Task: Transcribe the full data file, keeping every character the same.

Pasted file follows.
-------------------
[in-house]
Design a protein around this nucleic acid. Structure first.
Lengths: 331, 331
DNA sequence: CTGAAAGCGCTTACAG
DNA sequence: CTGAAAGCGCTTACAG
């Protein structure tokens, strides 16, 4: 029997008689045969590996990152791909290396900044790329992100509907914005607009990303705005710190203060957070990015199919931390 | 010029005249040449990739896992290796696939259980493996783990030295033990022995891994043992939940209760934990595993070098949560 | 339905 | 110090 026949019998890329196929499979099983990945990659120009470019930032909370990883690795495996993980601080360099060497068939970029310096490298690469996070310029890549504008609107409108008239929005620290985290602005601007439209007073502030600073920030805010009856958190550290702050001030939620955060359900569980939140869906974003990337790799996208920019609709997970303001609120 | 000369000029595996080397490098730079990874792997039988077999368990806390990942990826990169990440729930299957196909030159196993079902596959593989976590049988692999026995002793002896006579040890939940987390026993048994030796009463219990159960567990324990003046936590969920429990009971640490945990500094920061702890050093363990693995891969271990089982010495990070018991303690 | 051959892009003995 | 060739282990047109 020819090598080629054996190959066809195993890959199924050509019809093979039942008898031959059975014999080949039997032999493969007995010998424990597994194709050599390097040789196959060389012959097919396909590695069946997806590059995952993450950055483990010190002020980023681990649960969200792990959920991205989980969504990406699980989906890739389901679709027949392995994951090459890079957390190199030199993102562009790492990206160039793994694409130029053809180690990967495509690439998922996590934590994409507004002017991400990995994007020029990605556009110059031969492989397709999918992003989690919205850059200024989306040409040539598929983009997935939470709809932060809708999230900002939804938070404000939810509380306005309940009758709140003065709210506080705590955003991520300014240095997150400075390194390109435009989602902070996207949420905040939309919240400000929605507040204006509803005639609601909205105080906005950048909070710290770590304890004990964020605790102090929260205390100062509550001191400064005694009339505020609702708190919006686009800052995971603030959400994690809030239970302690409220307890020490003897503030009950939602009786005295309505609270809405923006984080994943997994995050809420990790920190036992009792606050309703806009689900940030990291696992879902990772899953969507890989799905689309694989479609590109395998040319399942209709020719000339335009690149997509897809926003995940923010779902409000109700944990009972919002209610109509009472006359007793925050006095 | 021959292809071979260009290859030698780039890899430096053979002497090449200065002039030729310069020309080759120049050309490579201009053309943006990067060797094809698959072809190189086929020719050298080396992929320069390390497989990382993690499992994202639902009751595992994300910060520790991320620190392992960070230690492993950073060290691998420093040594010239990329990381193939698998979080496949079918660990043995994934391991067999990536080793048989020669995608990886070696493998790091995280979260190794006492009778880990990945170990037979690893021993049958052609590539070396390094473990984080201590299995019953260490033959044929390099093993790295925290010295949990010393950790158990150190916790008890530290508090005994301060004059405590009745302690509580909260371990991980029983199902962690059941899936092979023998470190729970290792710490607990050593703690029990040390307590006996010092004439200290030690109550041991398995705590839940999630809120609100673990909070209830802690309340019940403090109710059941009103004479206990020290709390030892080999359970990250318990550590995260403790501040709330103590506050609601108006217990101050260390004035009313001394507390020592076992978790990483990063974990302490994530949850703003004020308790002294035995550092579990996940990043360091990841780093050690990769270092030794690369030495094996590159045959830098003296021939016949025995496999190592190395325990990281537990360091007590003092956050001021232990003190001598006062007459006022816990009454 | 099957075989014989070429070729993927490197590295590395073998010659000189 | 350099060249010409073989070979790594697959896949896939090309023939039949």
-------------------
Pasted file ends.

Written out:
[in-house]
Design a protein around this nucleic acid. Structure first.
Lengths: 331, 331
DNA sequence: CTGAAAGCGCTTACAG
DNA sequence: CTGAAAGCGCTTACAG
């Protein structure tokens, strides 16, 4: 029997008689045969590996990152791909290396900044790329992100509907914005607009990303705005710190203060957070990015199919931390 | 010029005249040449990739896992290796696939259980493996783990030295033990022995891994043992939940209760934990595993070098949560 | 339905 | 110090 026949019998890329196929499979099983990945990659120009470019930032909370990883690795495996993980601080360099060497068939970029310096490298690469996070310029890549504008609107409108008239929005620290985290602005601007439209007073502030600073920030805010009856958190550290702050001030939620955060359900569980939140869906974003990337790799996208920019609709997970303001609120 | 000369000029595996080397490098730079990874792997039988077999368990806390990942990826990169990440729930299957196909030159196993079902596959593989976590049988692999026995002793002896006579040890939940987390026993048994030796009463219990159960567990324990003046936590969920429990009971640490945990500094920061702890050093363990693995891969271990089982010495990070018991303690 | 051959892009003995 | 060739282990047109 020819090598080629054996190959066809195993890959199924050509019809093979039942008898031959059975014999080949039997032999493969007995010998424990597994194709050599390097040789196959060389012959097919396909590695069946997806590059995952993450950055483990010190002020980023681990649960969200792990959920991205989980969504990406699980989906890739389901679709027949392995994951090459890079957390190199030199993102562009790492990206160039793994694409130029053809180690990967495509690439998922996590934590994409507004002017991400990995994007020029990605556009110059031969492989397709999918992003989690919205850059200024989306040409040539598929983009997935939470709809932060809708999230900002939804938070404000939810509380306005309940009758709140003065709210506080705590955003991520300014240095997150400075390194390109435009989602902070996207949420905040939309919240400000929605507040204006509803005639609601909205105080906005950048909070710290770590304890004990964020605790102090929260205390100062509550001191400064005694009339505020609702708190919006686009800052995971603030959400994690809030239970302690409220307890020490003897503030009950939602009786005295309505609270809405923006984080994943997994995050809420990790920190036992009792606050309703806009689900940030990291696992879902990772899953969507890989799905689309694989479609590109395998040319399942209709020719000339335009690149997509897809926003995940923010779902409000109700944990009972919002209610109509009472006359007793925050006095 | 021959292809071979260009290859030698780039890899430096053979002497090449200065002039030729310069020309080759120049050309490579201009053309943006990067060797094809698959072809190189086929020719050298080396992929320069390390497989990382993690499992994202639902009751595992994300910060520790991320620190392992960070230690492993950073060290691998420093040594010239990329990381193939698998979080496949079918660990043995994934391991067999990536080793048989020669995608990886070696493998790091995280979260190794006492009778880990990945170990037979690893021993049958052609590539070396390094473990984080201590299995019953260490033959044929390099093993790295925290010295949990010393950790158990150190916790008890530290508090005994301060004059405590009745302690509580909260371990991980029983199902962690059941899936092979023998470190729970290792710490607990050593703690029990040390307590006996010092004439200290030690109550041991398995705590839940999630809120609100673990909070209830802690309340019940403090109710059941009103004479206990020290709390030892080999359970990250318990550590995260403790501040709330103590506050609601108006217990101050260390004035009313001394507390020592076992978790990483990063974990302490994530949850703003004020308790002294035995550092579990996940990043360091990841780093050690990769270092030794690369030495094996590159045959830098003296021939016949025995496999190592190395325990990281537990360091007590003092956050001021232990003190001598006062007459006022816990009454 | 099957075989014989070429070729993927490197590295590395073998010659000189 | 350099060249010409073989070979790594697959896949896939090309023939039949």